The National Council of Churches of Christ (NCC) created Faithful America (FA) in 2004, with the aim of making the latter a “religious version of MoveOn.org.” Characterizing itself as “an online community of tens of thousands of citizens motivated by faith to take action on the pressing moral issues of our time,” FA “mobilizes” its members by soliciting their participation in petition-signings, letter-writing campaigns, demonstrations, and lobbying events. Such activity is typically orchestrated in conjunction with organizations that have similar, though not necessarily religious, agendas.
Active in a broad range of issues, FA, which does not share affiliation with any particular faith or denomination, has been particularly aggressive in promoting:
The redistribution of wealth (“end poverty and promote economic security for all”)
An end to the Iraq War and to enhanced interrogation procedures vis a vis prisoners-of-war (“promote peace and restore America’s commitment to human rights and diplomacy”)
The enactment of policies to combat global warming (“prevent the catastrophic effects of climate change”)
The creation of a government-run heath care system
The dismissal of any notion that radical Islam poses a threat to the West, or that most Christian evangelicals are politically conservative (“counter hate speech and misinformation in the media pertaining to people of faith”)
FA’s history statement asserts that the project began in June 2004 as an initiative to raise $36,000 for a television advertisement condemning the Abu Ghraib prisoner-abuse scandal in Iraq. Aired on both the Al-Jazeera and al-Arabiya news channels, the ad stated:
“A Salaam A’alaykum [‘Peace be with you’ in Arabic]. As Americans of faith, we express our deep sorrow at abuses committed in Iraqi prisons. We stand in solidarity with all those in Iraq and everywhere who demand justice and human dignity. We condemn the sinful and systemic abuses committed in our name, and pledge to work to right these wrongs.”
The key founders of FA were Ricken Patel and Tom Perriello, who served as the project’s first co-directors. Patel is a fellow with the pro-socialist organization Res Publica and a co-founder of Avaaz.org, a website devoted to leftwing activism. As of 2008, he was a board of directors member with Faith in Public Life (FPL), which later acquired FA. Perriello, for his part, co-founded Avaaz.org, Catholics in Alliance for the Common Good, and Res Publica. FA has thanked Res Publica and True Majority for having provided “strategic advice…[which] helped Faithful America establish itself as a valuable source for faith-based online activism.” In 2008, Perriello won the House of Representatives seat representing Virginia’s 5th Congressional District.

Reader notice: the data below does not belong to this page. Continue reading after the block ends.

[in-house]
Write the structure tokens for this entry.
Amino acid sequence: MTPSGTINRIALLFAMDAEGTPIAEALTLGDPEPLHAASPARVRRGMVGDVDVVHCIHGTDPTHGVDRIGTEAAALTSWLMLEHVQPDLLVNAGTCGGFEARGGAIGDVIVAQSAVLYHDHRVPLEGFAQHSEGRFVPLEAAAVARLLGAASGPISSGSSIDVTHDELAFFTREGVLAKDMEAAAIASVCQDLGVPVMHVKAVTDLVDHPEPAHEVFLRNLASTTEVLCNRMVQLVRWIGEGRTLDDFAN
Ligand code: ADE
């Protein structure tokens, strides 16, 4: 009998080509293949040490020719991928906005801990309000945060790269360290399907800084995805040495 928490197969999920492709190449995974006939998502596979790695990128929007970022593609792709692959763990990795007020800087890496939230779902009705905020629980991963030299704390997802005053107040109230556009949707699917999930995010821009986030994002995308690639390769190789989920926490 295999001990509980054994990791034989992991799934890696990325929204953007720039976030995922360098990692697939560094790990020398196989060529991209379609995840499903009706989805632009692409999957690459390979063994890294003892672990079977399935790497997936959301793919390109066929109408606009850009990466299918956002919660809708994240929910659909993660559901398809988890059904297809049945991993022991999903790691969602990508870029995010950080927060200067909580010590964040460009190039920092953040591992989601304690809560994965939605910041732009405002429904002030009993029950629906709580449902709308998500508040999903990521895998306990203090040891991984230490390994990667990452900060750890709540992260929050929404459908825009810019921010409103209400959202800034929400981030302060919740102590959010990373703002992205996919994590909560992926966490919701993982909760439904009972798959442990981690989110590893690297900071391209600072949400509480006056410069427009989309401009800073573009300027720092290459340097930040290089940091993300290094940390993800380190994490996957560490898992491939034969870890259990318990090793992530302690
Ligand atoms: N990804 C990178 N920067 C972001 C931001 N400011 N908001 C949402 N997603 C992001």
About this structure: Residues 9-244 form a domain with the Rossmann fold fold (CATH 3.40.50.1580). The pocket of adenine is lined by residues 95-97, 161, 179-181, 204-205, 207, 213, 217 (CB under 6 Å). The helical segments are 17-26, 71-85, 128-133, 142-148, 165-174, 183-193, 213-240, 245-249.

In October of 2004, Vince Isner, who previously worked for the United Methodist Board of Church and Society, became FA’s first full-time director. In addition, the legendary antiwar activist William Sloane Coffin became an honorary FA chairman, a position he held until his death in 2006.
Working in concert with other, likeminded organizations, FA currently lists its partners as The Jewish Council For Public Affairs, the Muslim Public Affairs Council, the NCC, Sojourners, and Vote the Common Good. It has also collaborated on occasion with Res Publica and Avaaz.org.
In 2005, FA and the National Council of Churches began a “Ringing for Remembrance” campaign in which churches and religious institutions rang bells weekly in remembrance of Americans and Iraqis who had recently been killed in the Iraq War. Additional partners in this initiative included Democracy Rising (an antiwar organization headed by Ralph Nader) and Clergy and Laity Concerned About Iraq.[
In 2007](http://dynamodata.fdncenter.org/990_pdf_archive/203/203798596/203798596_200712_990.pdf) the organization Faith in Public Life (FPL) “acquired and began the re-launch of FaithfulAmerica.org.” That same year, FA undertook its own direct diplomatic engagement with Tehran when a delegation from the group met with then-Iranian president Mahmoud Ahmadinejad and former president Mohammad Khatami, who had held that office from 1997-2005. Following the meeting, FA issued a number of demands (to the U.S. and Iran) that included, most notably:
After Barack Obama took office as U.S. President in 2009, FA became very active in promoting the socialization of the U.S. health care system. Toward that end, FA joined Catholics in Alliance for the Common Good, FPL, the Gamaliel Foundation, the PICO National Network, and Sojourners in an ad campaign that ran in Arkansas, Colorado, Louisiana, Nebraska, and North Carolina. The same coalition led a “40 Days for Health Reform” initiative that sought to frame the issue as a biblical and ethical imperative.
FA views global warming as a phenomenon that is likely to cause “drought, disease, catastrophic crop failure,…drastic changes in weather,…and flood.” During the December 2009 United Nations climate-change talks in Copenhagen, FA and Avaaz.org collaborated to erect a large ark — symbolizing the possibility that mankind may someday need a means of fleeing a major natural calamity — on the National Mall in Washington, DC. The purpose of this display was “to show our leaders what’s at stake in the Copenhagen talks.”
In 2007, the Knight Foundation gave the National Council of Churches a $250,000 grant earmarked for an FA program designed to help “mainstream faith leaders” become “much better equipped with talking points, policy papers, intellectual support, prepared testimony, draft op-eds, sermons, study guides and church bulletins — and more able to unite around a shared policy agenda.” FA also received two Open Society Institute grants of $400,000 apiece in 2008.